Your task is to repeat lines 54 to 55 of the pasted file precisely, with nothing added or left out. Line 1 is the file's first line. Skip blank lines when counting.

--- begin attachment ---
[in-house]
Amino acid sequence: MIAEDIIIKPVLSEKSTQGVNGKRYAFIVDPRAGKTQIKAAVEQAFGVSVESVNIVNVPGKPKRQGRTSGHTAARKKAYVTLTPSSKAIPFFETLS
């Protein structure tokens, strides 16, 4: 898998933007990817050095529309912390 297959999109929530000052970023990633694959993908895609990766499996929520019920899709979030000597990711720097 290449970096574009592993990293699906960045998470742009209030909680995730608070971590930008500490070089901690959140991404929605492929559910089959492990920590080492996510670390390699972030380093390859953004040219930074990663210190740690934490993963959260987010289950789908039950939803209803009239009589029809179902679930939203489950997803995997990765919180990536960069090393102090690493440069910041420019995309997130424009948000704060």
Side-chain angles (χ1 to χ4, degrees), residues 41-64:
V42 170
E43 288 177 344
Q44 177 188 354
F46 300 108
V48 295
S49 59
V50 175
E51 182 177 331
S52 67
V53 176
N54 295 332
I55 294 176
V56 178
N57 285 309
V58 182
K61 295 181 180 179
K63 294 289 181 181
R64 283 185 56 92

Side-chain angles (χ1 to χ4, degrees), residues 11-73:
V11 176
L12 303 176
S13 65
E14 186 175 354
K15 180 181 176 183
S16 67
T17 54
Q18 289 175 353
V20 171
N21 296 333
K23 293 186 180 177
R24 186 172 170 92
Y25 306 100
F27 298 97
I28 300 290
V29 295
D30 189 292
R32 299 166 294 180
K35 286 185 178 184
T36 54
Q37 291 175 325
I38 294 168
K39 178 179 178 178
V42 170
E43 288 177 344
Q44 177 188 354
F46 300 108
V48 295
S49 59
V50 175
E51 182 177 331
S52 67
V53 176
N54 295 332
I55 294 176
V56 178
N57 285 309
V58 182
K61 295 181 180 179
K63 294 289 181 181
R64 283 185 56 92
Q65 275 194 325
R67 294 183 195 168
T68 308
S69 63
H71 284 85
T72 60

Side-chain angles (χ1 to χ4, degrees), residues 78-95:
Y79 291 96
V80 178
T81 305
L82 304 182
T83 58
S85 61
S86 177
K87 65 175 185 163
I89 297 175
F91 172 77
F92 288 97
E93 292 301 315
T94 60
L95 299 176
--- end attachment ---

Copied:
E51 182 177 331
S52 67